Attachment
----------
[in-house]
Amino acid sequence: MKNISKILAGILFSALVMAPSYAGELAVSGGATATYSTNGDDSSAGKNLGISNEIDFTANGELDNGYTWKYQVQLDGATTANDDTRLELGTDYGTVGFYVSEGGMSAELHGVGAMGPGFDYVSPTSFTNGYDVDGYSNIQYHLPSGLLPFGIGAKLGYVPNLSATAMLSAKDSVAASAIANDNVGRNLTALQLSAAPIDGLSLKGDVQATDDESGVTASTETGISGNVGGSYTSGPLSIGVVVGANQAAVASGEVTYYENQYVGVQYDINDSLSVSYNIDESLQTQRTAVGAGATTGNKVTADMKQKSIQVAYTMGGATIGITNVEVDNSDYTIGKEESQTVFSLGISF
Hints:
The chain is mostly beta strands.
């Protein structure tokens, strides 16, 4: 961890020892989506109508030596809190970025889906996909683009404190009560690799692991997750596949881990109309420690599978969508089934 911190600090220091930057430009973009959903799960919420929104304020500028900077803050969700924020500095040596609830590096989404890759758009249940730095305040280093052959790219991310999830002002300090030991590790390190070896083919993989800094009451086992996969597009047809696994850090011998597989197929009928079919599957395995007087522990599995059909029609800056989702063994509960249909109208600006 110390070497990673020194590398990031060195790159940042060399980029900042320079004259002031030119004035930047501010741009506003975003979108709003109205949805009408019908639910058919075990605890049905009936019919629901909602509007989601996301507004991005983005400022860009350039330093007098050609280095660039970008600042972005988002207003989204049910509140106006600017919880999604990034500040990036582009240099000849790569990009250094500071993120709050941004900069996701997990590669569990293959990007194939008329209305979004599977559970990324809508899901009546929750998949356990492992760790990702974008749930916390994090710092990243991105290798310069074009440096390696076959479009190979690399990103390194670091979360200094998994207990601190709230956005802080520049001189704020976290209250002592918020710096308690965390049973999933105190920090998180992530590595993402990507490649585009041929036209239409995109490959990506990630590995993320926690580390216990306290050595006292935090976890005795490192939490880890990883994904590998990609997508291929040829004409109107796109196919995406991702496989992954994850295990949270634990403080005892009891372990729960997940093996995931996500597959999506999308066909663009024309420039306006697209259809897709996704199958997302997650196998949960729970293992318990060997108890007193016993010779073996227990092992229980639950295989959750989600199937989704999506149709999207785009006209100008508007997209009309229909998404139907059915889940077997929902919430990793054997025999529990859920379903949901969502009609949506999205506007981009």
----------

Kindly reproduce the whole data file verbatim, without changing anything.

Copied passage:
[in-house]
Amino acid sequence: MKNISKILAGILFSALVMAPSYAGELAVSGGATATYSTNGDDSSAGKNLGISNEIDFTANGELDNGYTWKYQVQLDGATTANDDTRLELGTDYGTVGFYVSEGGMSAELHGVGAMGPGFDYVSPTSFTNGYDVDGYSNIQYHLPSGLLPFGIGAKLGYVPNLSATAMLSAKDSVAASAIANDNVGRNLTALQLSAAPIDGLSLKGDVQATDDESGVTASTETGISGNVGGSYTSGPLSIGVVVGANQAAVASGEVTYYENQYVGVQYDINDSLSVSYNIDESLQTQRTAVGAGATTGNKVTADMKQKSIQVAYTMGGATIGITNVEVDNSDYTIGKEESQTVFSLGISF
Hints:
The chain is mostly beta strands.
């Protein structure tokens, strides 16, 4: 961890020892989506109508030596809190970025889906996909683009404190009560690799692991997750596949881990109309420690599978969508089934 911190600090220091930057430009973009959903799960919420929104304020500028900077803050969700924020500095040596609830590096989404890759758009249940730095305040280093052959790219991310999830002002300090030991590790390190070896083919993989800094009451086992996969597009047809696994850090011998597989197929009928079919599957395995007087522990599995059909029609800056989702063994509960249909109208600006 110390070497990673020194590398990031060195790159940042060399980029900042320079004259002031030119004035930047501010741009506003975003979108709003109205949805009408019908639910058919075990605890049905009936019919629901909602509007989601996301507004991005983005400022860009350039330093007098050609280095660039970008600042972005988002207003989204049910509140106006600017919880999604990034500040990036582009240099000849790569990009250094500071993120709050941004900069996701997990590669569990293959990007194939008329209305979004599977559970990324809508899901009546929750998949356990492992760790990702974008749930916390994090710092990243991105290798310069074009440096390696076959479009190979690399990103390194670091979360200094998994207990601190709230956005802080520049001189704020976290209250002592918020710096308690965390049973999933105190920090998180992530590595993402990507490649585009041929036209239409995109490959990506990630590995993320926690580390216990306290050595006292935090976890005795490192939490880890990883994904590998990609997508291929040829004409109107796109196919995406991702496989992954994850295990949270634990403080005892009891372990729960997940093996995931996500597959999506999308066909663009024309420039306006697209259809897709996704199958997302997650196998949960729970293992318990060997108890007193016993010779073996227990092992229980639950295989959750989600199937989704999506149709999207785009006209100008508007997209009309229909998404139907059915889940077997929902919430990793054997025999529990859920379903949901969502009609949506999205506007981009």